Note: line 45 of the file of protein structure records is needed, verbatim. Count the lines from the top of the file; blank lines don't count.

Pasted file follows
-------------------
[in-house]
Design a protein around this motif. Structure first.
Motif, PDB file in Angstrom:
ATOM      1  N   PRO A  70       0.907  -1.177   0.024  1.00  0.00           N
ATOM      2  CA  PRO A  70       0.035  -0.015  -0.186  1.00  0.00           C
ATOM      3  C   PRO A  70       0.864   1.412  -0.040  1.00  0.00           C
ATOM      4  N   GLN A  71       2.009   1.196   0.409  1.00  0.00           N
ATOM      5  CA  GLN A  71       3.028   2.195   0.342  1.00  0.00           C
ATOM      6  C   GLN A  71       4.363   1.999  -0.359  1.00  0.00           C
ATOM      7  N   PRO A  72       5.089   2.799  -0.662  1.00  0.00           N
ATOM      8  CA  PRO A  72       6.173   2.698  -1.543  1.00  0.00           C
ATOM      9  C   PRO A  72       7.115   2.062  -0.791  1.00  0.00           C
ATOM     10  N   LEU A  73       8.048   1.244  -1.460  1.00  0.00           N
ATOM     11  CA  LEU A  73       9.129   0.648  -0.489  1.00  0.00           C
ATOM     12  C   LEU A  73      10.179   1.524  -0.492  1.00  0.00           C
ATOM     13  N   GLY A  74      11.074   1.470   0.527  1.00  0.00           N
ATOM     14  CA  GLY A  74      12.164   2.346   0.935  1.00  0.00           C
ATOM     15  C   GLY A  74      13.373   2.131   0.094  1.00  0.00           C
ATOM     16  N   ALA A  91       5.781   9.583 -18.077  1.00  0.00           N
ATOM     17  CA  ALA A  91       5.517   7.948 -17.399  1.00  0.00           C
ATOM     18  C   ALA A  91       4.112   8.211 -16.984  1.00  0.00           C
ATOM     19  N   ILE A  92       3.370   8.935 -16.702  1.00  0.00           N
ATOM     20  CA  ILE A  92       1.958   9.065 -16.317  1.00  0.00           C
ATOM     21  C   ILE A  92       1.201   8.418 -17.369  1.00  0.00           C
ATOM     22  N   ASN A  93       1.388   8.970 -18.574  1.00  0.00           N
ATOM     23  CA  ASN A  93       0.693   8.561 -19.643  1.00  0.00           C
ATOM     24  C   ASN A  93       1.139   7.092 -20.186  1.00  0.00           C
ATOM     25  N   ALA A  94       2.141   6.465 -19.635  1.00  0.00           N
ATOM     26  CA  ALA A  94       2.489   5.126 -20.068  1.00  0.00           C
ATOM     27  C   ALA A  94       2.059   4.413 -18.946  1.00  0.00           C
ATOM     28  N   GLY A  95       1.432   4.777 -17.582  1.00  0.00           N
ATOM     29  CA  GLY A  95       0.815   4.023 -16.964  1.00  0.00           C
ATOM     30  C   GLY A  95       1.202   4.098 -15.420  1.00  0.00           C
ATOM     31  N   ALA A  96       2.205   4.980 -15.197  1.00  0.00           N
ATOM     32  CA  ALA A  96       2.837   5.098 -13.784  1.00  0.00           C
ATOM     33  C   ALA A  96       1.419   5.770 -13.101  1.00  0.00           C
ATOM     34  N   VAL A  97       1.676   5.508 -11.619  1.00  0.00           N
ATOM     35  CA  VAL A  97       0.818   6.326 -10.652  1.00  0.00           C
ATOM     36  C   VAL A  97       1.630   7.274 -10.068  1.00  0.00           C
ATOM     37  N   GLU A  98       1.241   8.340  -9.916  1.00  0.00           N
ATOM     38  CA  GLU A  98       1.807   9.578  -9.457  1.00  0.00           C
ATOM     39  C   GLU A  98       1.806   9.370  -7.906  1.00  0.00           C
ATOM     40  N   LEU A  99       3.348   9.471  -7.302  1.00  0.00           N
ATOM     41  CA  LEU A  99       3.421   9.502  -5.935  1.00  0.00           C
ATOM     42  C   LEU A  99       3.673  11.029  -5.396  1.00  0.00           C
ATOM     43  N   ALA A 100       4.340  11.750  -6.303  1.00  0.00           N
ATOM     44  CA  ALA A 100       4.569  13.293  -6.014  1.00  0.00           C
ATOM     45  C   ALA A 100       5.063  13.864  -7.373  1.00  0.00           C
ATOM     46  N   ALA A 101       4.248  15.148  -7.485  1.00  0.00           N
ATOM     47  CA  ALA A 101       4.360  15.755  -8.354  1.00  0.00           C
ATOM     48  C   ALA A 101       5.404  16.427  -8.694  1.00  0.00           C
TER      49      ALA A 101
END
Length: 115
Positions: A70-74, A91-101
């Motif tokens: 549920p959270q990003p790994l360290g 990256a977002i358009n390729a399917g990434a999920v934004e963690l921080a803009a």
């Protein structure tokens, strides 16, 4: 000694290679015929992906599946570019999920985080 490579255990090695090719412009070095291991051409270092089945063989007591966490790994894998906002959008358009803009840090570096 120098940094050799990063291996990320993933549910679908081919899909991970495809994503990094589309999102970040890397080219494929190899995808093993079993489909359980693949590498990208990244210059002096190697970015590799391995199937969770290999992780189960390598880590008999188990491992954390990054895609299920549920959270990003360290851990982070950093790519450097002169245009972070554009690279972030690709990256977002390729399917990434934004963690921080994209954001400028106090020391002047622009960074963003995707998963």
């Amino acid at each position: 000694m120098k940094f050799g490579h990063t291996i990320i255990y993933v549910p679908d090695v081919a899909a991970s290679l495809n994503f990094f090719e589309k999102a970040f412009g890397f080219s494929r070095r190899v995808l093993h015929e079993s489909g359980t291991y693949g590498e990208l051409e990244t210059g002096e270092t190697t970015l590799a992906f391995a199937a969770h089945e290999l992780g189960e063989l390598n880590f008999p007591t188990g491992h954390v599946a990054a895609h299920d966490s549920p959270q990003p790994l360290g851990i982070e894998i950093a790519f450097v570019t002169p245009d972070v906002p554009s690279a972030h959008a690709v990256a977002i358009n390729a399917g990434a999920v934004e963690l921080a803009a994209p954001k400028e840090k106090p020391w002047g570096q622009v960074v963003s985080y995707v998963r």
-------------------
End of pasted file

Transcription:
ATOM     42  C   LEU A  99       3.673  11.029  -5.396  1.00  0.00           C